Allen Maps Path to Energy Independence
July 7, 2008 - 8:32 PM
(CNSNews.com) - Contrary to some pundits, Americans are not "addicted to oil" but are instead addicted to freedom - freedom of movement especially, former Sen. George Allen (R-Va.) told a large crowd of college conservatives last week.
Where others would seek to impose "Carter era" restrictions on energy supplies, Allen, a conservative, said he would strive to unleash American ingenuity and creativity to better use the nation's substantial natural resources.
In his talk on energy independence, held at the 29th Young America's Foundation conference in Washington, D.C., Allen said current restraints on exploration and development must be removed to reduce reliance on unstable foreign sources.
Groups such as the liberal Sierra Club contend that America indeed needs to unleash its creativity to harvest its own natural resources. But unlike Allen, the Sierra Club, among others, wants the country to better utilize alternative energy sources, such as wind and solar, and move away from further oil exploration.
America now imports 60 percent of its oil. Thus, policymakers need to change course and tap into domestic supplies that have been regulated as off limits, said Allen.
There are 10 billion barrels of oil in the Arctic National Wildlife Refuge (ANWR) in Alaska that could be used to offset what is imported from Saudi Arabia, he said. Allen also expressed support for removing restrictions on off-shore drilling.
To illustrate how current energy policies stymie U.S. progress towards greater energy independence, Allen explained how hostile foreign dictators, operating close to America, actually have more flexibility to access precious resources than the people of Virginia.
"Fidel Castro and Hugo Chavez are drilling for oil 45 miles off the coast of Florida, but Virginia is not permitted to explore for oil just 50 miles off its own coast," he said. "We should allow the commonwealth of Virginia to move toward these deep oil reserves."
The investment dollars that would stay in America instead of going overseas could yield important dividends, said Allen. The accelerated production of oil resources closer to Virginia, for instance, he said, could be applied to reducing the cost of in-state tuition.
"America has always been a land of innovation," said Allen. "We can invent cleaner and safer energy sources, but we need the right economic climate."
Although nuclear power is one of the cleanest forms of energy available, the U.S. has not built a new nuclear plant since the 1970s, said Allen. It is here that America "could learn a lesson from the French," he added. At present, about 80 percent of France's energy comes from nuclear power while the U.S. gets 20 percent from nuclear.
America is also beset by a paucity of oil refineries, Allen said. A new refinery has not been built in 30 years. One possible remedy would be to convert defunct military bases into new refineries, he suggested.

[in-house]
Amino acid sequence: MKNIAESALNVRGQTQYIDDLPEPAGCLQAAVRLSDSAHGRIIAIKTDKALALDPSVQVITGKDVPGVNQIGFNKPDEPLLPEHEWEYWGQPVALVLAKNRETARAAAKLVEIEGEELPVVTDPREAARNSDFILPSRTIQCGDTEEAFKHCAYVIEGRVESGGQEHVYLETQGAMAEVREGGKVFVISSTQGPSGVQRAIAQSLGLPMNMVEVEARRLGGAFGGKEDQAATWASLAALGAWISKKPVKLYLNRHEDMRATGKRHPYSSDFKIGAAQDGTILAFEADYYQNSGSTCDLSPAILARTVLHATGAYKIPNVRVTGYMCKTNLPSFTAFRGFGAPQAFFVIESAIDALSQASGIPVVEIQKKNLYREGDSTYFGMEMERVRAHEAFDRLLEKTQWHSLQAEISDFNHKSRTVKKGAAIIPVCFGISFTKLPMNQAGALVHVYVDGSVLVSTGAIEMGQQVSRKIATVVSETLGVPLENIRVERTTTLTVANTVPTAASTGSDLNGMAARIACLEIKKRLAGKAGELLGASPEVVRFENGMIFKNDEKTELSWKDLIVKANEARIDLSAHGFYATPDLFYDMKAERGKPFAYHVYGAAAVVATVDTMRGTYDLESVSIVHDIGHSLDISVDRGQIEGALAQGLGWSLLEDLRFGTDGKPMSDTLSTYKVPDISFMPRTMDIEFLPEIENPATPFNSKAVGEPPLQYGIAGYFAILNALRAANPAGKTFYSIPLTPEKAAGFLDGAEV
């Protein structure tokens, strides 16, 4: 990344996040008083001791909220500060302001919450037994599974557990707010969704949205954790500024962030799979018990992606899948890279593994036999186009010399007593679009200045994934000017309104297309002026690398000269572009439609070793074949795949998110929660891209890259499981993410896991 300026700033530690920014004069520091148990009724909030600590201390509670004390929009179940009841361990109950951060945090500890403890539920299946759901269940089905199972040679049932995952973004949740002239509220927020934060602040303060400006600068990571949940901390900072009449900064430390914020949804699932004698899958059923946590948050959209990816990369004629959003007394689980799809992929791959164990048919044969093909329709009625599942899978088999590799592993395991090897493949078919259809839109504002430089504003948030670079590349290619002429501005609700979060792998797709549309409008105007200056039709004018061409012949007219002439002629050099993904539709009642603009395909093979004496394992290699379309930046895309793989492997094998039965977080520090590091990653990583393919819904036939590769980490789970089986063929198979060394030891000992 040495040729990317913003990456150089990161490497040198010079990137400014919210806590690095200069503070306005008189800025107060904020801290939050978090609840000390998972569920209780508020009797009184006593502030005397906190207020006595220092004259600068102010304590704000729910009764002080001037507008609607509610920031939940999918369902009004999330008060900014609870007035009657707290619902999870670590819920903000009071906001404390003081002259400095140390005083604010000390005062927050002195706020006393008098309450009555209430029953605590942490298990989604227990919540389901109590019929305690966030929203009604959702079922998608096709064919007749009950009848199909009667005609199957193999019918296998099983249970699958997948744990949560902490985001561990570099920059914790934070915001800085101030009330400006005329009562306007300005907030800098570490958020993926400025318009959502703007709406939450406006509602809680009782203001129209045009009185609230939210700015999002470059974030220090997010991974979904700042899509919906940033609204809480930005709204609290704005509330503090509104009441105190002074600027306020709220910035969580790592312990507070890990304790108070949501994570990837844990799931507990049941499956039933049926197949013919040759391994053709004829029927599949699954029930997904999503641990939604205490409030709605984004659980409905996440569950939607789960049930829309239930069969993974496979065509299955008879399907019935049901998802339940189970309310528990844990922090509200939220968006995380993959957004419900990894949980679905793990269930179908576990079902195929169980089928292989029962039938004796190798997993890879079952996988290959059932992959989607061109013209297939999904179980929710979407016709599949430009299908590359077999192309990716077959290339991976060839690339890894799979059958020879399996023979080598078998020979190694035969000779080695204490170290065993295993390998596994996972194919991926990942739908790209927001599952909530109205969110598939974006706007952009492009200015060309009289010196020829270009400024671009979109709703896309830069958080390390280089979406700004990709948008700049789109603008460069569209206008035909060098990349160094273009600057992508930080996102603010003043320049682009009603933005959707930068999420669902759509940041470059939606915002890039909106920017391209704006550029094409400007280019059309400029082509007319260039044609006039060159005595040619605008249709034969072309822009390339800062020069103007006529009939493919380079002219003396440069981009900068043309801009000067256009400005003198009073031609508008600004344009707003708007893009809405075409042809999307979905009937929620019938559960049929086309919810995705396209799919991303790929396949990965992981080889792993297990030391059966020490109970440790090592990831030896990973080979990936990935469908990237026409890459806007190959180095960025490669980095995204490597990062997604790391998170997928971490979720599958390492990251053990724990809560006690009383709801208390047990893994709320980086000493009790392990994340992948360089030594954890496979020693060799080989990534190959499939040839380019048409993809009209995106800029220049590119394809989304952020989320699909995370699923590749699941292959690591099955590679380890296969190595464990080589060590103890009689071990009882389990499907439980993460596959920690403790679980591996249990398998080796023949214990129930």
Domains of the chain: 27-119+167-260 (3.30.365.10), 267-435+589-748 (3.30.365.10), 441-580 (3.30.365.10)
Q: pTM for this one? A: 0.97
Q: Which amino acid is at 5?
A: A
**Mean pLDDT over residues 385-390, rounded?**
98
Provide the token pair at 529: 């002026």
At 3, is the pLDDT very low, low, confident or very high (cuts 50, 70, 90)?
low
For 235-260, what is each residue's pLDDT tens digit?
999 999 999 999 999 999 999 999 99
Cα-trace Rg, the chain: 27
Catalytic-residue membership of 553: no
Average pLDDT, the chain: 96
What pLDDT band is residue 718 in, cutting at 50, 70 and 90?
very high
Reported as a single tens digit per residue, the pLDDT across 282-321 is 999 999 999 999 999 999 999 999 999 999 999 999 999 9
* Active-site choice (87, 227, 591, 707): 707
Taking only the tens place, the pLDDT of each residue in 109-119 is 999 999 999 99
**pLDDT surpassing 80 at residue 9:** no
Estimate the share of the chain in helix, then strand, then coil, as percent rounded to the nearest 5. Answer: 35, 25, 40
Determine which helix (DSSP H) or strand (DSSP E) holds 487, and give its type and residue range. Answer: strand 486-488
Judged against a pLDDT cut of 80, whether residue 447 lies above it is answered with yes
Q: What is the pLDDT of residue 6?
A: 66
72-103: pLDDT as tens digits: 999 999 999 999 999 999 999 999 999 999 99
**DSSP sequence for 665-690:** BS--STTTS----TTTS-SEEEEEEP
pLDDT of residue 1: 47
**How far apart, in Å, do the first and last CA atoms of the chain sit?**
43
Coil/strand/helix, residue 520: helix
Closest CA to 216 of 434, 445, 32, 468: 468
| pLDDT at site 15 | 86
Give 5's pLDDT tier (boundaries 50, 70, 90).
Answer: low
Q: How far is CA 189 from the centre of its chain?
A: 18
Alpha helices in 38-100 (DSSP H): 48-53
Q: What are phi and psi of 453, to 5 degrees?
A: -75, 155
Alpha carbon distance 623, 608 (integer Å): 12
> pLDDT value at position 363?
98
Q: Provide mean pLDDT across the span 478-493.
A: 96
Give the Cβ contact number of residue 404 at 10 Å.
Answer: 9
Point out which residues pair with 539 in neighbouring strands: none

The former senator also expressed concern over the reaction many politicians have in Washington toward the issue of global warming. Allen cautioned against the "alarmist" attitude that has taken hold in some quarters and called upon young conservatives to help lead the charge against "job killing" proposals on Capitol Hill.
For America to remain on top of innovation, said Allen, it will be necessary for the country to return to Reagan-era polices that placed a premium on free market policies and the ingenuity of the American people.
But environmental activists with the Sierra Club sharply dispute Allen's prescriptions for America's energy needs. "America is still addicted to oil, oil companies are drowning in record high profits, and average American families are feeling the pinch at the pump," the organization declares on its website.
The Sierra Club is opposed to oil drilling in ANWR. It instead favors tapping into alternative renewable energy sources, such as wind and solar power.
Those who advocate expanded oil drilling in ANWR overlook the fact that it would be 10 years before "a single drop of oil" would make its way into the Alaskan pipeline, Myke Bybee, a public lands lobbyist for the Sierra Club, told Cybercast News Service.
Moreover, U.S. Department of Energy figures show the additional oil derived from Alaska would lower the price of oil at the pump by just one penny, he added.
"The environmentalists are right that drilling in ANWR would not do much to bring down oil prices," says Jerry Taylor, director of natural resources studies at the libertarian Cato Institute. "Industry's best estimate is that ANWR could produce about 1 million barrels of oil per day at its peak. That's a 1.25 percent increase in global production.
The Sierra Club agrees with Allen's observation that the U.S. must free itself from a risky reliance on foreign sources, but it views increased oil drilling as a counter-productive dead-end that would also harm the environment.
"There is no way we can drill our way to energy independence," Bybee said. "There is simply not enough oil. The U.S. consumes about 25 percent of the world's oil consumption but sits on just 3 percent of the world's proven resources."
There are a number of "easy steps" that could be taken immediately to alleviate the current demand for oil, Bybee argued. For instance, the Sierra Club favors raising the CAF? (Corporate Average Fuel Economy) standards to 35 miles per gallon. This would enable cars to go further on a gallon of gas, he explained.
"We favor a broad, mixed approach, of increasing efficiency and focusing on renewable energy sources while moving away from the failed, drill it all mentality the Bush administration and their oil allies in Congress have been pushing for the last six years," Bybee said.
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